Climate ravages tea production in Kenya – fr

Climate ravages tea production in Kenya – fr

Paris (AFP)

Climate change is set to devastate Kenya’s tea production as the world’s largest exporter faces rising temperatures, erratic rainfall and insect infestations, according to an analysis released Monday.

Tea is the most consumed drink in the world after water and the disruption of the supply to the East African nation is expected to have a global impact.

A report from the Christian Aid charity described the various threats Kenya faces for its major black tea crop, as well as the dangers other countries are likely to face as the planet continues to warm.

Citing a peer-reviewed study, the report says the quadruple threat of rising temperatures, erratic rainfall, droughts and new insect infestations is expected to destroy 26.2% of the country’s optimal tea acreage by 2050. .

And climate change is expected to reduce areas with average growing conditions by almost 40 percent over the same period.

“For generations we have carefully cultivated our tea plantations and pride ourselves that the tea we grow here is the best in the world,” said Richard Koskei, a tea farmer from the western highlands of Kenya.

“But climate change is a real threat to us. We can no longer predict the seasons, temperatures are increasing and precipitation is more erratic. “

Karimi Kinoti, head of Christian Aid’s Africa division, said tea was just another example of how people living in countries least responsible for the climate crisis bear the heaviest burden.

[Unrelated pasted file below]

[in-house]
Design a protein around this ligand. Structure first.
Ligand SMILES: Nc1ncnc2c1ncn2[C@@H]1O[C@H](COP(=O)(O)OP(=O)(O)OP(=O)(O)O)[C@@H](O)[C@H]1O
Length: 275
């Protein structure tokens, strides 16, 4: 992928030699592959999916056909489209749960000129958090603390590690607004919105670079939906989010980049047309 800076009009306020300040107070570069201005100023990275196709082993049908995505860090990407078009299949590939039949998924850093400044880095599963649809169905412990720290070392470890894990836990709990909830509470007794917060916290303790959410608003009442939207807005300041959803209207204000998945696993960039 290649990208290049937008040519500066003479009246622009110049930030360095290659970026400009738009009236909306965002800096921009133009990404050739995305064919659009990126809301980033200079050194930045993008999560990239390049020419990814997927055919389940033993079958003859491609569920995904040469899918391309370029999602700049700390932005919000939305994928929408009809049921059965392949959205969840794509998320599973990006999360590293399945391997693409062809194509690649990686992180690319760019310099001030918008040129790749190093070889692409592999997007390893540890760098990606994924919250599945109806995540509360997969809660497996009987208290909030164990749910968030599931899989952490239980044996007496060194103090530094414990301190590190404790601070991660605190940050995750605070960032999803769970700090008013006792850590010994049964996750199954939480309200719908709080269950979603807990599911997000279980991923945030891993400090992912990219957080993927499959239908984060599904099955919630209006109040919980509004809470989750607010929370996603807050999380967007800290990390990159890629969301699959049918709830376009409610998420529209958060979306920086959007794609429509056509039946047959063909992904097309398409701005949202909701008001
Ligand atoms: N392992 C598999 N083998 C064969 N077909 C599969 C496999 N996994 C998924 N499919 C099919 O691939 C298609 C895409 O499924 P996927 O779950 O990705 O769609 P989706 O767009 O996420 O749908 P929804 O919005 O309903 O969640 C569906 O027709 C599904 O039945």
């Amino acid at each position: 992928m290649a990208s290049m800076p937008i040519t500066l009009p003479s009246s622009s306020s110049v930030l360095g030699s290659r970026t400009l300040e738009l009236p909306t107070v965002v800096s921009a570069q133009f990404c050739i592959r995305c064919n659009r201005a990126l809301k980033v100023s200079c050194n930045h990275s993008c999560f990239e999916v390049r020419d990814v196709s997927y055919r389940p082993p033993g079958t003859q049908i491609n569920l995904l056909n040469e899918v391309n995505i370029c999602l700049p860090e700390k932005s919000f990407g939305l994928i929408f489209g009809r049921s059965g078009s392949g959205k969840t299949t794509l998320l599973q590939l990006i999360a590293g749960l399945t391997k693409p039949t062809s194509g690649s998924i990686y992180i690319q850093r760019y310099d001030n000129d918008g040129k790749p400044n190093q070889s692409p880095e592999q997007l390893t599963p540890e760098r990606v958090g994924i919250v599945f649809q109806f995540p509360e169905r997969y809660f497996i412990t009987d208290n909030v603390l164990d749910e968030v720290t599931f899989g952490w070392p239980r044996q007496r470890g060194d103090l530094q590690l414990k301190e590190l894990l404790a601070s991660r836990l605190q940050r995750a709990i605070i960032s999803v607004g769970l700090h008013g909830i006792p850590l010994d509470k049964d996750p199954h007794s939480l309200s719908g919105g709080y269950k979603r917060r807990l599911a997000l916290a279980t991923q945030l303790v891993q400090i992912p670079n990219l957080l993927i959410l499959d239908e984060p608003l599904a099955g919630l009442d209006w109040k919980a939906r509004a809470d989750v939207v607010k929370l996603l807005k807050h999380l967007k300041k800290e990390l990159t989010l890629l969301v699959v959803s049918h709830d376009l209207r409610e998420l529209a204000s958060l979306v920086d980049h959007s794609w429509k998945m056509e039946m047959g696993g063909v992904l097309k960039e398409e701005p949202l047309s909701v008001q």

“Africans make up 17% of the world’s population, but we only generate 4% of the greenhouse gas emissions that caused the climate crisis,” she said.

“And yet, we are the ones who suffer the most from the impacts of climate change. “

– “The world will watch” –

The report warned that the livelihoods of more than three million people in Kenya’s tea industry would be at risk over the next two decades.

Britain, the largest per capita tea consumer, is expected to hold UN climate talks in Glasgow in November.

Mohamed Adow, director of the climate and energy think tank Power Shift Africa, said the COP26 negotiations presented a vital opportunity for richer nations to provide appropriate support to the poorest who already need to adapt. to climate change.

“As a major historical polluter and creator of the industrial revolution, the UK has played an important role in the climate emergency from which we Kenyans suffer,” he said.

“This year, as host of the G7 and COP26, the UK has a big role to play in addressing it.

“The whole world will be watching, especially Kenyan tea farmers and others on the front lines of the climate crisis,” Adow added.


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